4. Stripcropping (CP),
  5. Cover crops (CP),
  6. Nutrient Management (SC or CP or MP),
  7. Integrated Pest Management (MP),
  8. Irrigation Scheduling (MP), and
  9. Composting (MP).
Figure 10. Cotton 
      directly planted into a cover crop of wheat. Figure 10. Cotton directly planted into a cover crop of wheat.

1. Conservation tillage

Conservation tillage is defined as a process that leaves at least 30 percent of the previous year's residue on the soil surface (Figure 10).

Some of the environmental impacts of conservation tillage are:

  1. Improved soil quality - this goes hand-in-hand with water quality,
  2. Increased organic matter - this helps in the retention of soil moisture,
  3. Increased wildlife - the cover provided by conservation tillage provides cover and food for wildlife,
  4. Reduced soil erosion - soil retention is important in the productivity of the land, and
  5. Reduces the number of trips required by tractors in the fields - this reduces air pollution and reduces the fuel consumption.

2. Contour Farming and Terracing

Contour farming uses the natural "lay of the land" instead of plowing up and down the slope. This type of BMP uses terraces to stop water from flowing down a slope. The terrace also slows the water velocity and re-directs the water to flow toward structures designed to allow water to move down slope without causing erosion. By controlling the velocity of flowing water, soil erosion is reduced and water infiltrates better. By reducing the amount of water that discharges to water bodies, the amount of nutrients, pesticides and sediment is reduced. Nutrient and pesticide management should also be a part of this practice for better results.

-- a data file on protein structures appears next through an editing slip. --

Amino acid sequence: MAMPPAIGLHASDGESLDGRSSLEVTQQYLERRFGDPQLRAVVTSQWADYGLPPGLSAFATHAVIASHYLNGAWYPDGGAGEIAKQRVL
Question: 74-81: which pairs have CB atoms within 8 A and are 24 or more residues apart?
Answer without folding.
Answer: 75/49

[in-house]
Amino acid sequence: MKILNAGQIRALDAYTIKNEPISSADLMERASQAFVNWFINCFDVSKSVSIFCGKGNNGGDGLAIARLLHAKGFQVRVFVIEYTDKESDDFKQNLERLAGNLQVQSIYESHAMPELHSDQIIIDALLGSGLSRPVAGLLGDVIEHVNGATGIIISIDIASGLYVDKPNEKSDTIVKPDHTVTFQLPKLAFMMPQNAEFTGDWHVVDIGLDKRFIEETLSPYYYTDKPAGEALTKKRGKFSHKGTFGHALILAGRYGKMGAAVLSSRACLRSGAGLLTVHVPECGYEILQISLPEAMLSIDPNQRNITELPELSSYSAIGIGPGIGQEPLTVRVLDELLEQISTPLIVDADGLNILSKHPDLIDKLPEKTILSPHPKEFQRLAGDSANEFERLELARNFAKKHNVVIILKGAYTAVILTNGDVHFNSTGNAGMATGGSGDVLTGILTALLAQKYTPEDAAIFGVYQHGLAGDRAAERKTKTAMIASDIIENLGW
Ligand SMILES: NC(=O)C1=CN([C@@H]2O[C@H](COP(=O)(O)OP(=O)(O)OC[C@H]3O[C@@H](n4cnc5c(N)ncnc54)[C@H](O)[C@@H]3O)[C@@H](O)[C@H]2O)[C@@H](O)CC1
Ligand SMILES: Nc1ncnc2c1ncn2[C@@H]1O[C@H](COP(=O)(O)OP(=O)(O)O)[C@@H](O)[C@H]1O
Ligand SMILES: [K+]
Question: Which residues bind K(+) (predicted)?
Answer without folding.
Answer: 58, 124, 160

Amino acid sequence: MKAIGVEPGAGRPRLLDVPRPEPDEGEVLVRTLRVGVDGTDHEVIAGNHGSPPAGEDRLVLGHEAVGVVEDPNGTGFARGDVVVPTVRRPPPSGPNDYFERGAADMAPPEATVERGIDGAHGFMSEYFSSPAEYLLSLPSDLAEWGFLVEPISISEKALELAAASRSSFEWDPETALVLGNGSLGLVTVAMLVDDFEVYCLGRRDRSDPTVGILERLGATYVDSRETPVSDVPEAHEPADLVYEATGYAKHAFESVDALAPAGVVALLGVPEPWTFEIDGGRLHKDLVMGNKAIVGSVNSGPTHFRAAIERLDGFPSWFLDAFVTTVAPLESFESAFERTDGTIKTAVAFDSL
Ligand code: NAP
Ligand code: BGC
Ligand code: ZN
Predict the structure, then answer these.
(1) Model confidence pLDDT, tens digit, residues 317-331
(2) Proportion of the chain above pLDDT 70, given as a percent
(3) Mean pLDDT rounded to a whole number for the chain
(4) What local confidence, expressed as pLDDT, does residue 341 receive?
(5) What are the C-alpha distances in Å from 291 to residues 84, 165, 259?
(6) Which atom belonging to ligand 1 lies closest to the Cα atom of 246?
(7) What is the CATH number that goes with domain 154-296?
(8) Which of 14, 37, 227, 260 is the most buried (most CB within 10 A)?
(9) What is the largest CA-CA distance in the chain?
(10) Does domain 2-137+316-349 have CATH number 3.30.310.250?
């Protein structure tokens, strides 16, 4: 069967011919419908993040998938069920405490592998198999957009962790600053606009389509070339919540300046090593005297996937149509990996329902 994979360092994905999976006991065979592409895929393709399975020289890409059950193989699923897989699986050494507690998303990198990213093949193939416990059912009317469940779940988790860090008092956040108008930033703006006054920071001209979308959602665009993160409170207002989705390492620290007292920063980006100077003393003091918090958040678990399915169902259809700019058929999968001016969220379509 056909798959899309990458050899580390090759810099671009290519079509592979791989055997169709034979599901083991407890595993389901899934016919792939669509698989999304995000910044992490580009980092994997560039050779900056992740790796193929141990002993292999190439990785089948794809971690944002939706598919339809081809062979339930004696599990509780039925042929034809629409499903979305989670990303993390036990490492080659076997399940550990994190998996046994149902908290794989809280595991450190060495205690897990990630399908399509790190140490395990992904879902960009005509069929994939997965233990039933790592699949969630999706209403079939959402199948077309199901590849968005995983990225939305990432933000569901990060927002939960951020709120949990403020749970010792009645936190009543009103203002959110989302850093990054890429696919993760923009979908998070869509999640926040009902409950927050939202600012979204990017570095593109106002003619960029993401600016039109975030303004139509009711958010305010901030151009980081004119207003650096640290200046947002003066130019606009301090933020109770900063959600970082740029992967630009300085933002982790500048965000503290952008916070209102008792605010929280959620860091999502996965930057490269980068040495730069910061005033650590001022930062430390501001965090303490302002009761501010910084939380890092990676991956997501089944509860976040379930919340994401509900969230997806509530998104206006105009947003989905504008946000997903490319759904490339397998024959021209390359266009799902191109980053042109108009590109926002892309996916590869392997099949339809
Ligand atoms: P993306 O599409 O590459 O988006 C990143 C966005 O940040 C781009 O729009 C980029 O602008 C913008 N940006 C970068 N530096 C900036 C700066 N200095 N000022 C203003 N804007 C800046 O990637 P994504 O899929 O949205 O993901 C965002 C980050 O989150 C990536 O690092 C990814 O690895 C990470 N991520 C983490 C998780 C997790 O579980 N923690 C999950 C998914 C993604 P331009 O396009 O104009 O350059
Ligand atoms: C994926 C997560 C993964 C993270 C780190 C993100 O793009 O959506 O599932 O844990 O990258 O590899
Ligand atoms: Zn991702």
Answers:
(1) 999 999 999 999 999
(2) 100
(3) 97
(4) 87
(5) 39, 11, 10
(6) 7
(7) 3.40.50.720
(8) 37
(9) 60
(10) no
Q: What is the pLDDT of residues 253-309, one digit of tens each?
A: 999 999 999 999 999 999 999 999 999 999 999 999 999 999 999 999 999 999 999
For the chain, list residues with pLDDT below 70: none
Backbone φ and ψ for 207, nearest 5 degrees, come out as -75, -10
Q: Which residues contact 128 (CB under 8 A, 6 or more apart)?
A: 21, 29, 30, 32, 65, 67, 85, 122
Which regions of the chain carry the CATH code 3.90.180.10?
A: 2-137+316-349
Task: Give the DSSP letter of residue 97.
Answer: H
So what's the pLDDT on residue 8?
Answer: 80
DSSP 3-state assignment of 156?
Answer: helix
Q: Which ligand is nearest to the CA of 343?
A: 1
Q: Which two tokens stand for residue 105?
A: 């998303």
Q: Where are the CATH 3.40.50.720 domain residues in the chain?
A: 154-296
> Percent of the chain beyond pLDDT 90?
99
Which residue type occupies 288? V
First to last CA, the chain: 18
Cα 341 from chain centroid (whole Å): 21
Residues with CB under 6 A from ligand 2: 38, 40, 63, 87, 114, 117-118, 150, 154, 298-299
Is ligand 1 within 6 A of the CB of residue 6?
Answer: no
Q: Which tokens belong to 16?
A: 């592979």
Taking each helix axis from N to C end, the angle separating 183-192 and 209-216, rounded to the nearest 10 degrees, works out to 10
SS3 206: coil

3. Riparian Buffers/Vegetative Filters

Riparian buffers are wooded or grassed strips adjacent to water bodies. These strips are usually 50 to 100 feet wide. Riparian buffers and vegetative filter strips help reduce non-point pollution by providing a strip to lower the velocity of the flowing water. This slow-flowing water allows sediments to fall out of the water. When this sediment falls out, the attached nutrients and pesticides also are removed from the water. Forested and vegetated areas increase infiltration, which provides additional filtering as water moves through the soil. The strips remove nutrients through tree, grass and bush growth and provide a good environment for beneficial bacteria to survive. These bacteria convert nitrogen sources into nitrogen gas through the processes of nitrification and denitrification.

4. Stripcropping

Stripcropping is a BMP that uses different plants in strips to reduce wind and soil erosion. The different strips can also be designed to provide host plants for beneficial bugs. The increased population of beneficial insects aids to reduce the use of pesticides (Figure 11).

Figure 11. Contour 
      stripcropping, alternating bands of corn and alfalfa on the Iowa-Minnesota 
      border. <em>Photo by T. McCabe, USDA-NRCS.</em> Figure 11. Contour stripcropping, alternating bands of corn and alfalfa on the Iowa-Minnesota border. Photo by T. McCabe, USDA-NRCS.